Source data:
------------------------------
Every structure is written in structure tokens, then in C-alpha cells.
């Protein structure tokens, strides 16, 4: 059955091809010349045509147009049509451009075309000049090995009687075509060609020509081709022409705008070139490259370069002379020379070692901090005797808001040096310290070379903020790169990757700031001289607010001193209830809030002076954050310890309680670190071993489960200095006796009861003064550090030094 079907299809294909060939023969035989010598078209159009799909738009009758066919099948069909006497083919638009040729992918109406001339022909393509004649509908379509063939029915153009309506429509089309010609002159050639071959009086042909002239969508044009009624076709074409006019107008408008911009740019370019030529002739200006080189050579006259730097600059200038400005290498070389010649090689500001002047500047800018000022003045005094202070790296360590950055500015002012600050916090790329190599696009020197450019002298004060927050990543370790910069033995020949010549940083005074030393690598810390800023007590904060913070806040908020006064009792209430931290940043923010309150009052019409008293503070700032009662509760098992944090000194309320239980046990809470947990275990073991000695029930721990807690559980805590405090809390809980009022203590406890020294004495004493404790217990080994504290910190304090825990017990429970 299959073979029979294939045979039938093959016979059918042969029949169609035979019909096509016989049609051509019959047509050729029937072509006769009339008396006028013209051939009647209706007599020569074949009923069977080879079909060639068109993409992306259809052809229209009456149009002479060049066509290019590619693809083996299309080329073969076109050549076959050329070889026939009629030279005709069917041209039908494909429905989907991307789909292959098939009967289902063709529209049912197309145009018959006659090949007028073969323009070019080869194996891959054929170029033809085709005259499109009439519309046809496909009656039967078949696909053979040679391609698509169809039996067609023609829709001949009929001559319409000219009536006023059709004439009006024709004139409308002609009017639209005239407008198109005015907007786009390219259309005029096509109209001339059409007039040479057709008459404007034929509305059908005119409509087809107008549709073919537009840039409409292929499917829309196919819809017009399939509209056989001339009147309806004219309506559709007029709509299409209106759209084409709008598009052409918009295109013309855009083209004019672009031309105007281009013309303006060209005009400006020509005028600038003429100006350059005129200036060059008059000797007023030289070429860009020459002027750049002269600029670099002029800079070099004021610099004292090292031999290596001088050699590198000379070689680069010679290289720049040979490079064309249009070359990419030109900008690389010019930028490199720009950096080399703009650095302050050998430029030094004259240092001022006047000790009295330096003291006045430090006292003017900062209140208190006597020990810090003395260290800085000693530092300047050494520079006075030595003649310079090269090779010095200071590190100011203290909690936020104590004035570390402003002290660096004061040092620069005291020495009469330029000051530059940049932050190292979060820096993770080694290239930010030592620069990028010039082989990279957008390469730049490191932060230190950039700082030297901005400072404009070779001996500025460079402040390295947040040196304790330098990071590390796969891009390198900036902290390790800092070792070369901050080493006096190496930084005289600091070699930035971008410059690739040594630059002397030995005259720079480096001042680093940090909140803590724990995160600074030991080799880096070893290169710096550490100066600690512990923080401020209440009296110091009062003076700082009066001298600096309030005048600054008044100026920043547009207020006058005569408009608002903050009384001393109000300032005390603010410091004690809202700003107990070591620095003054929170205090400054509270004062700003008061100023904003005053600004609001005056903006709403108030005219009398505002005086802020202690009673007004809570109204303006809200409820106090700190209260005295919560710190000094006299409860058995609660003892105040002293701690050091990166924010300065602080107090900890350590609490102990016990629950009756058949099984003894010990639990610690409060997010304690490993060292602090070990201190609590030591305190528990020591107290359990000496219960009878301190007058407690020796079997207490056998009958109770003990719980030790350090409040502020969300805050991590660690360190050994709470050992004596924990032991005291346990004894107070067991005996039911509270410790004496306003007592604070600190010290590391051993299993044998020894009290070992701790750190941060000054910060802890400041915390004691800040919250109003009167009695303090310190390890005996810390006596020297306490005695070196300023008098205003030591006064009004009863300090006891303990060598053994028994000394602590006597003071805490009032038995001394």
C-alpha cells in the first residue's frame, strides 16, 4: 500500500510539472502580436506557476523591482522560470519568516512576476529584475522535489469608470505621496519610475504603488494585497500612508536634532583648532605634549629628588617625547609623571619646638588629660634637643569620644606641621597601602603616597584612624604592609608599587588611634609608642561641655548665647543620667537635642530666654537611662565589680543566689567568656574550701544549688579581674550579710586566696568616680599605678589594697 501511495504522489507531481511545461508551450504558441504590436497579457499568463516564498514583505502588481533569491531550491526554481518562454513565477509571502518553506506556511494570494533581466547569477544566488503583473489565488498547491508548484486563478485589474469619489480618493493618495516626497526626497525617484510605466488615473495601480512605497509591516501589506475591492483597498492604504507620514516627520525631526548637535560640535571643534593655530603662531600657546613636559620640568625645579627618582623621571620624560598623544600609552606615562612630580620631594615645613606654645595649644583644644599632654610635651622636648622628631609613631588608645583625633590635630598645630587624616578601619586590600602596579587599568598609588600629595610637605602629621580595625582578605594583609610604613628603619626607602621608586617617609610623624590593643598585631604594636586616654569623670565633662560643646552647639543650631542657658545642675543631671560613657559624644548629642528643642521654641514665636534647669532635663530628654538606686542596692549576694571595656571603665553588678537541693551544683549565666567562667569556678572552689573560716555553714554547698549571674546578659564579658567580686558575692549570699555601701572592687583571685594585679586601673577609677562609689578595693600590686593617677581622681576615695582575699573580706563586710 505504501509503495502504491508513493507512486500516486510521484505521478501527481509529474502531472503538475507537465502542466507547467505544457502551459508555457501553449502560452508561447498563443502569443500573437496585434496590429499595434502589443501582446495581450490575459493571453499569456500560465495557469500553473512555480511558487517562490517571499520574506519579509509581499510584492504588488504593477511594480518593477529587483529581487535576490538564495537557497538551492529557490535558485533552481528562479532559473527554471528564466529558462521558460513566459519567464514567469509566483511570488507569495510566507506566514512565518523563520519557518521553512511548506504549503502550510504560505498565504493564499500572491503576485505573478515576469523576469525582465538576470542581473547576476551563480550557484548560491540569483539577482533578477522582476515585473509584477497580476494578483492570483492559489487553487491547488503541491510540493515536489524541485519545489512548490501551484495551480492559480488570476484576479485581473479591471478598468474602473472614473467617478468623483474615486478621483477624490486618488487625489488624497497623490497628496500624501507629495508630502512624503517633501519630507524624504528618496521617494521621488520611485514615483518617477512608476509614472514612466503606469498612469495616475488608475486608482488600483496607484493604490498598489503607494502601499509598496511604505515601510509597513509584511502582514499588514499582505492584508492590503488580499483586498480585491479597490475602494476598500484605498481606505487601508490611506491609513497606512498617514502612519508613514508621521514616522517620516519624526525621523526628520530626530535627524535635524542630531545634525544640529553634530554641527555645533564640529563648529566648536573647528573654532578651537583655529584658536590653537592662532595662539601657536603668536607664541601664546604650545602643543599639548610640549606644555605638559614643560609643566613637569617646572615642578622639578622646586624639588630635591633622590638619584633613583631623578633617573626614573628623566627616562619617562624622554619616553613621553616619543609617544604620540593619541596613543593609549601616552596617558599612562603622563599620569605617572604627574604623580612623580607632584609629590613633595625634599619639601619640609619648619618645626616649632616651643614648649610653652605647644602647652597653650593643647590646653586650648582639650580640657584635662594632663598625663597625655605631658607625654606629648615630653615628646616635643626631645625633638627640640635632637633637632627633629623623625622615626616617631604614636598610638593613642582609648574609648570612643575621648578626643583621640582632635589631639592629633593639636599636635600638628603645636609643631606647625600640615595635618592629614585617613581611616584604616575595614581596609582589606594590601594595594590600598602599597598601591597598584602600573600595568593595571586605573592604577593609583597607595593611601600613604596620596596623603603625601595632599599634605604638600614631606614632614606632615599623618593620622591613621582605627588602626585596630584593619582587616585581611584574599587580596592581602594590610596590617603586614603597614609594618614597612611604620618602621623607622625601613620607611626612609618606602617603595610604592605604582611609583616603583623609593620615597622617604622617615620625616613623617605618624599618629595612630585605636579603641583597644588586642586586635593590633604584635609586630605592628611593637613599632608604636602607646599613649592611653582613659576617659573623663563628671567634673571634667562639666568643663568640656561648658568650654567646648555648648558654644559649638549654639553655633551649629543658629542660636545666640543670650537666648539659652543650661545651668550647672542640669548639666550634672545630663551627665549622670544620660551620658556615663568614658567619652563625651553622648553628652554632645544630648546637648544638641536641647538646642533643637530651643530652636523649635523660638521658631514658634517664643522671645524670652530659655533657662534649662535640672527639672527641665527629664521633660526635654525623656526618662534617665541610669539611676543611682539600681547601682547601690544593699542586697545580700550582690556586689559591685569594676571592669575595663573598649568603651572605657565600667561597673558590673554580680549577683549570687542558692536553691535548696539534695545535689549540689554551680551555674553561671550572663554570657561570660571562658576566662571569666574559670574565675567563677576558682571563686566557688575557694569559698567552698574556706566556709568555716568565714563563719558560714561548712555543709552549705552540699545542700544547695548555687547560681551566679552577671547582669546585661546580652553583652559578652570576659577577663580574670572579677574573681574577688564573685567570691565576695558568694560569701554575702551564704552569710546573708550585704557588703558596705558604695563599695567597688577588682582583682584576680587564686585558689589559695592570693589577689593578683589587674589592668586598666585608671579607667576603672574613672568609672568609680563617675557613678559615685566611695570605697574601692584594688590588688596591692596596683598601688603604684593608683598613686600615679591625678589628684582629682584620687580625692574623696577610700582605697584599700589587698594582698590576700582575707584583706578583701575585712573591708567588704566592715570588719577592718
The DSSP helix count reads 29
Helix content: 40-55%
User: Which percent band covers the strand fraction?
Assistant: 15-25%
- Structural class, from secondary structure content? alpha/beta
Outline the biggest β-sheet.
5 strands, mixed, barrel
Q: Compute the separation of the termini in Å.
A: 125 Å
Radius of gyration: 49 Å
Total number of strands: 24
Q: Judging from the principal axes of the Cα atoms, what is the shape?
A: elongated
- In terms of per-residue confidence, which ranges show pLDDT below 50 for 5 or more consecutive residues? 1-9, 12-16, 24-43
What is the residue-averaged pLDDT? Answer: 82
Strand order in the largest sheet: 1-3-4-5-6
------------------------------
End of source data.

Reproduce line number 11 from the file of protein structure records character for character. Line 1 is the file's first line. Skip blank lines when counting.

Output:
Q: Compute the separation of the termini in Å.